For many farmers in Nepal, the Indian state of Sikkim and the kingdom of Bhutan, disaster struck on October 23 when an intense hailstorm destroyed their rice, millet and other crops.
Adequate relief from governments is unlikely and most do not have insurance.
It is a calamity frequently experienced by small farmers throughout the developing word.
"They are totally exposed," said Mahfuzuddin Ahmed, the adviser for rural development, food security and agriculture at the Asian Development Bank. "They need to be able to get up on their feet again for the next crop."
Nongovernmental organizations have been devising insurance schemes to help such farmers. But promoters found initial difficulty marketing them.
"We were very naive. In the beginning, we really thought that farmers would buy insurance," recalled Pula Advisors director Rose Goslinga in Nairobi.
"People didn't trust it. People thought, 'I'm going to wait and see what happens. I'm not sure if I need it this year.' They'd look at the sky: 'There's going to be rain so I don't need to buy it this year,'" she told VOA.
"If you look at the U.S., the U.K. and Europe, all of these kind of crop insurance products are actually subsidized by the government," said Richard Leftley, chief executive officer of MicroEnsure.
But when governments in countries notorious for a lack of transparency get involved, the full insurance payouts frequently do not reach the intended beneficiaries.
"It could be corruption because the money changes hands by the time it reaches the actual beneficiary. There could be a lot of hurdles in between along the way," acknowledged Mahfuzuddin.
Thus "farmers suffer more than they should," added Pramod Aggarwal, a regional director for the Consultative Group for International Agricultural Research.
And the insurance has been priced too high even for those farmers who want to purchase it.
"The product may cost 10 percent, plus distribution costs. It might cost $12 to buy a product that would pay out $100 in the event of a bad harvest. But the farmers are only really willing to pay somewhere in the region of three to five dollars for that product. That's been our experience," said Leftley, whose company has 15 million customers in 17 African and Asian countries, but less than 1 percent of its business is agriculture insurance.
A breakthrough came by marketing crop insurance as a bundled product through entities that serve farmers.
"Banks that are looking to lend to agriculture. Seed companies, fertilizer companies. If it doesn't rain, they don't sell any seed or fertilizer," explained Goslinga.
In India, 30 million farmers now have insurance. But the flip side of that success is 80 percent of India's farmers still have no such coverage.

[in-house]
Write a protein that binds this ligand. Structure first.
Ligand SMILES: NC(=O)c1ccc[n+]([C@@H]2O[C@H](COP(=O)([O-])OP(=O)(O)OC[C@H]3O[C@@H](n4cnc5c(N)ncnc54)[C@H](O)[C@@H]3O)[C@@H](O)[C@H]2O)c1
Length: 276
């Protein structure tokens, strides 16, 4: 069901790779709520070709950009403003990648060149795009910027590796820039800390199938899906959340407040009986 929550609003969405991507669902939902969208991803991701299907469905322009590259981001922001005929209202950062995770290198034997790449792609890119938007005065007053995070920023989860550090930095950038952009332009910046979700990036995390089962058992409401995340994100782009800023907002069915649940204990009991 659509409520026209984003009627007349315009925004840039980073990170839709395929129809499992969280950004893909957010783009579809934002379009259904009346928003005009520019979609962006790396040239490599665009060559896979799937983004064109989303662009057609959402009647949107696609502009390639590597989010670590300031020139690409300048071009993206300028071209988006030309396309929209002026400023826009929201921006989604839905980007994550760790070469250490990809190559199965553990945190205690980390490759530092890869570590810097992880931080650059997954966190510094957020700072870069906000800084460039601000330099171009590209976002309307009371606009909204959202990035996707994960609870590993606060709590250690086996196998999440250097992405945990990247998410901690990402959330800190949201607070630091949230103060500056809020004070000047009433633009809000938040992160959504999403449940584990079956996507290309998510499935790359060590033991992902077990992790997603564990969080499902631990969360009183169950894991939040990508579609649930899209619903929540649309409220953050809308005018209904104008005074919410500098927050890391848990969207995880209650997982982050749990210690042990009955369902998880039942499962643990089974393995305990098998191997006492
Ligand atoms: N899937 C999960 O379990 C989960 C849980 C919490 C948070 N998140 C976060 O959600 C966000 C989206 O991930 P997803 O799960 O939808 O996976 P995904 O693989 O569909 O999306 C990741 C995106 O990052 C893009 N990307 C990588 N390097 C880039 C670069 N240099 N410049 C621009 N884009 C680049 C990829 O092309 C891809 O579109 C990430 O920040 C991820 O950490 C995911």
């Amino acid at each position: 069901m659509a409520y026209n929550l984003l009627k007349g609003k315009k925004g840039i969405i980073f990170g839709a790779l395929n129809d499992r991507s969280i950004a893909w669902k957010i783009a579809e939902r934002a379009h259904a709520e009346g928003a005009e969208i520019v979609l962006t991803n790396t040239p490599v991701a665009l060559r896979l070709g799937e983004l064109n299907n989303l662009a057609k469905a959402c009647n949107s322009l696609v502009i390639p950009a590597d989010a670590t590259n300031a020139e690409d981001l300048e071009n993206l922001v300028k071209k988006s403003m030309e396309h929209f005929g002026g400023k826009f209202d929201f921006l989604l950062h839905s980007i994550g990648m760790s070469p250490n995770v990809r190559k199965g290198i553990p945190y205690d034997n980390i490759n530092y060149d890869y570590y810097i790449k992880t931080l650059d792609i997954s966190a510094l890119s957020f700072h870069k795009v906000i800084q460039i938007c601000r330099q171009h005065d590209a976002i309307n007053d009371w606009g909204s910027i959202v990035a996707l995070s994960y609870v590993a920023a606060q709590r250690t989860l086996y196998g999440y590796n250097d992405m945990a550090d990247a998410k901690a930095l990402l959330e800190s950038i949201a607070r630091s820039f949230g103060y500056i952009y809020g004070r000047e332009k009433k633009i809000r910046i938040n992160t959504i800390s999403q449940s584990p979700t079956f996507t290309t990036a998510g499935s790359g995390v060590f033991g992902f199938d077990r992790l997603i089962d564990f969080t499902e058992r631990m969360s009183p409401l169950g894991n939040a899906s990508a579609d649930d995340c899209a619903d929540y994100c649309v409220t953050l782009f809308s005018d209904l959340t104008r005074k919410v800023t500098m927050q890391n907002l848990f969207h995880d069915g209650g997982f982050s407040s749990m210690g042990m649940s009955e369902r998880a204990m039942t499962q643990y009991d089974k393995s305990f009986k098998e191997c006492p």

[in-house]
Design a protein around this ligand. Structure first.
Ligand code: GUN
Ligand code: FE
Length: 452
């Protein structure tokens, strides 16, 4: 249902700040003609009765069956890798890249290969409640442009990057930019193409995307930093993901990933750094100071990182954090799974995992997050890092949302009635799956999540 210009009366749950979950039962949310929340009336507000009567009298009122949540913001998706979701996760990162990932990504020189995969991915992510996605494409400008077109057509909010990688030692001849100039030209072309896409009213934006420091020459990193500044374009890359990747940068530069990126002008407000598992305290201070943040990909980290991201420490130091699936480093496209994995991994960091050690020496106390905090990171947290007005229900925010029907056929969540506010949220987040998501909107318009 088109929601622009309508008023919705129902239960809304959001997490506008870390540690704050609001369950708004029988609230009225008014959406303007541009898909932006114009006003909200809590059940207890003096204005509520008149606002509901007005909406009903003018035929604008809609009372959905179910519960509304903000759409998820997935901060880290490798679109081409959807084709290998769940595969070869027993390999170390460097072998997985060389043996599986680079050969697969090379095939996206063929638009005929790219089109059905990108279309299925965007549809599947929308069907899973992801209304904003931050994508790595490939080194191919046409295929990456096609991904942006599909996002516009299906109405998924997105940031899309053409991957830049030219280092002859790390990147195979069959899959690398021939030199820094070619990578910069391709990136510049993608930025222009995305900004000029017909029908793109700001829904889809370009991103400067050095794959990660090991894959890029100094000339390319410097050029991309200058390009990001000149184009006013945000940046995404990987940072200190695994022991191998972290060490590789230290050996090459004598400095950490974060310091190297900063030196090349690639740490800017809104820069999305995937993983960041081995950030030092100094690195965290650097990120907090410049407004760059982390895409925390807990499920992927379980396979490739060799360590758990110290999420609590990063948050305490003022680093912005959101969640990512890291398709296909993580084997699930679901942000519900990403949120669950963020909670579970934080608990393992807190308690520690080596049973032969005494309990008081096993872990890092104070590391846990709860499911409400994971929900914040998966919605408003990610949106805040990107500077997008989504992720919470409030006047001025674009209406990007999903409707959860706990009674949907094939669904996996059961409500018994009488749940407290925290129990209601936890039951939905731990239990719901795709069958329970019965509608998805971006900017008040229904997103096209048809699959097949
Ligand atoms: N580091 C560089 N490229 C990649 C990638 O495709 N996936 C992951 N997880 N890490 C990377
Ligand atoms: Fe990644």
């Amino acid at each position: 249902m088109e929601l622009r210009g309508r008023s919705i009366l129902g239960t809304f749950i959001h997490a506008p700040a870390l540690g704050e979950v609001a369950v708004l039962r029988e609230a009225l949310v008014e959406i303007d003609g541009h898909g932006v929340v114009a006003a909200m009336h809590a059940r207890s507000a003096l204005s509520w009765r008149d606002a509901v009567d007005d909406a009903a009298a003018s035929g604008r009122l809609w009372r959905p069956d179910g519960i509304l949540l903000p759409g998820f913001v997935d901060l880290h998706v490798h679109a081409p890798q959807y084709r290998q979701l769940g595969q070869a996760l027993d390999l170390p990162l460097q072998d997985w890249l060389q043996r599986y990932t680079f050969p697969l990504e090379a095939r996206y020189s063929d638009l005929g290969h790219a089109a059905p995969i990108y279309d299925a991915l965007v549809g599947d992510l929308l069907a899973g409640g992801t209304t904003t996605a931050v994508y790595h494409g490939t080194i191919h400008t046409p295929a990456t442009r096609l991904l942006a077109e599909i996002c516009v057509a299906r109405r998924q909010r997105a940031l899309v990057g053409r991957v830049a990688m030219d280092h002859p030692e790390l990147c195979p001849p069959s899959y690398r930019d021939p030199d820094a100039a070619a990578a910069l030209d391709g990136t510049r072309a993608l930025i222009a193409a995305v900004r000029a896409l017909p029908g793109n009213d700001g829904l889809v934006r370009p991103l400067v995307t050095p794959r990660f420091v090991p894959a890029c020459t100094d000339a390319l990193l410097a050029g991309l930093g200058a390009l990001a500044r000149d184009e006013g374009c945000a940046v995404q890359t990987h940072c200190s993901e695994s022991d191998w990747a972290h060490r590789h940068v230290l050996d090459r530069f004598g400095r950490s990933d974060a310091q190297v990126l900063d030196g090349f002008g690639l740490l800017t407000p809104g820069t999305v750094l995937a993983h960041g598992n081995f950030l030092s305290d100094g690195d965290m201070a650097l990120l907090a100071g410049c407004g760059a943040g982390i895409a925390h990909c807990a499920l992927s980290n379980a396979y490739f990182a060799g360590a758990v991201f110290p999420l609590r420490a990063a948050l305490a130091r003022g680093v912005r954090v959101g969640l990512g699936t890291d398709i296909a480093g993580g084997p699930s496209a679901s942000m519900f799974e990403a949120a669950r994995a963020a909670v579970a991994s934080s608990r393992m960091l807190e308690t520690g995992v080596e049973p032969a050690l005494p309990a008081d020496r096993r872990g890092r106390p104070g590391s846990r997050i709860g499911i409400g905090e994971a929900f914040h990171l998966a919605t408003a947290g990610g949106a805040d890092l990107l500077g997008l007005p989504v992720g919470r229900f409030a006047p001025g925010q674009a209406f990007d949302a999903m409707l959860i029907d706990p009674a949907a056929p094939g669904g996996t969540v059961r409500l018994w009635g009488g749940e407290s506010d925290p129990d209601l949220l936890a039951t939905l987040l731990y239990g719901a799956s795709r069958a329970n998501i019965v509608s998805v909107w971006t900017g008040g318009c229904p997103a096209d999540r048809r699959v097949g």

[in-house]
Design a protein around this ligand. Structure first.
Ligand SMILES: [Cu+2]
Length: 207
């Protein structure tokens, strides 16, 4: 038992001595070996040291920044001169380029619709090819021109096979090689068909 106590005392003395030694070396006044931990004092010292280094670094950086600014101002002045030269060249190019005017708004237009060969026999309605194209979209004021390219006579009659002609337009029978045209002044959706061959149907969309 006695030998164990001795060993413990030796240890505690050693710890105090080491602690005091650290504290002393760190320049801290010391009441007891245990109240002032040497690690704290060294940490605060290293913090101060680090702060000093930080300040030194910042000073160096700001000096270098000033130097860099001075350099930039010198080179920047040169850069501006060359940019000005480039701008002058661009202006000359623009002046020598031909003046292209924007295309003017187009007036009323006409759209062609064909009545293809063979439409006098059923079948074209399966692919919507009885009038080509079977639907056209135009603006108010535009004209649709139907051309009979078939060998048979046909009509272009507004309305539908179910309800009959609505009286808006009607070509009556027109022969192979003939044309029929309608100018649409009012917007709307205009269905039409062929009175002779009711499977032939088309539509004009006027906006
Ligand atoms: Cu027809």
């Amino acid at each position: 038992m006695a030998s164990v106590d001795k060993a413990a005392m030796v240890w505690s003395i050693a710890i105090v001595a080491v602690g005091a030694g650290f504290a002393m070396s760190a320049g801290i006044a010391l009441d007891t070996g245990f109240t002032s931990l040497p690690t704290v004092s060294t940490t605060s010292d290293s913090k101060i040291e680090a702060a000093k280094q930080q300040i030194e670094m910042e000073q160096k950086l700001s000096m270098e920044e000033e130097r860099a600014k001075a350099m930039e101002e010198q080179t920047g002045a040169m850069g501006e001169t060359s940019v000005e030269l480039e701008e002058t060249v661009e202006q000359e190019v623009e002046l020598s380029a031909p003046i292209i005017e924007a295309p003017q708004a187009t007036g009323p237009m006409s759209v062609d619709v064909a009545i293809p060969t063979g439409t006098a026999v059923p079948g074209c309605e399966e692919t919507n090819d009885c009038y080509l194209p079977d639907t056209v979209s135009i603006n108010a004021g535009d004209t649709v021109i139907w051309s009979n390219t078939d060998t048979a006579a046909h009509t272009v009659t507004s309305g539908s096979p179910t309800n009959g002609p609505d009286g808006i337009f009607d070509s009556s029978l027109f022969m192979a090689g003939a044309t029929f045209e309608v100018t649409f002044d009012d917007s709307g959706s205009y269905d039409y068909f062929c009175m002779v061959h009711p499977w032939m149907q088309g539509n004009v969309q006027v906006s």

Meanwhile, in Africa farmers are becoming astute as they move beyond subsistence levels and acquire investments in their soil, seeds and crops.
The Kilimo Salama model, funded by the Global Index Insurance Facility and the Syngenta Foundation, where Goslinga previously worked, has provided insurance to about 200,000 farmers in east Africa, mainly in Kenya, Rwanda and Tanzania.
The model expanded into Ethiopia this year and is expected to launch next year in Ghana and Uganda.
"As agriculture in Africa becomes more business oriented, becomes profitable, we're seeing people pick up things like insurance, as well," said Goslinga.
As mobile phones get into the hands of even the most remote farmers, reliable electronic payouts are becoming more common, giving policyholders additional assurance.
Because it is so expensive to verify losses on large numbers of small landholdings, the traditional type of individual loss-based insurance is not always viable. That has led to index-based insurance for smallholder farmers for weather-related risks.
"Traditionally, insurance would look at what the yield was and then it wouldn't differentiate between whether it was from locusts, from hail or too much rainfall. It would cover all of those," explained Leftley. "These index products the disadvantage is that they can only really pay out for specific events for which an index can be measured remotely like rainfall or wind speed."
Thus, it cannot gauge the damage, for example, caused by the October 23 Himalayan hailstorm, a relatively rare type of risk to South Asian farmers until recently.
"So we don't have relatively well-developed hailstorm insurance. This is something that is worrying farmers a lot," said Aggarwal in New Delhi.
Climate change is forecast to make weather variables more extreme. Rising temperatures will eventually alter growing conditions. That will mean opportunities for better or different crops for some farmers, while others will find their land unsustainable for what they have traditionally grown.
Traditional farming has always been risky, but "it's becoming riskier now because of the increasing climatic unpredictability. For that matter, even irrigated agriculture is also coming under stress because of issues like hailstorms, extreme rainfall or high temperature,” explained Aggarwal.
Farmers need to acquire more knowledge about the likely consequences in their region and band together to protect their common interest, advised ADB's Mahfuzuddin in Manila.
"An individual may not be as powerful. But as an association or a producer group, I think they have some power on acquiring knowledge and using this knowledge to influence the policy," he added.
Insurance needs to be regarded as just one aspect in the risk management portfolio, said Aggarwal.
"What insurance does helps farmers in providing some sort of a safety net," he explained. "But it does not necessarily lead to increasing production or stability in production."
In the long run in the developing world, specialists argue, what is needed most is investment in science and technology to give farmers the 21st century tools they need to adjust to the challenges posed by climate change.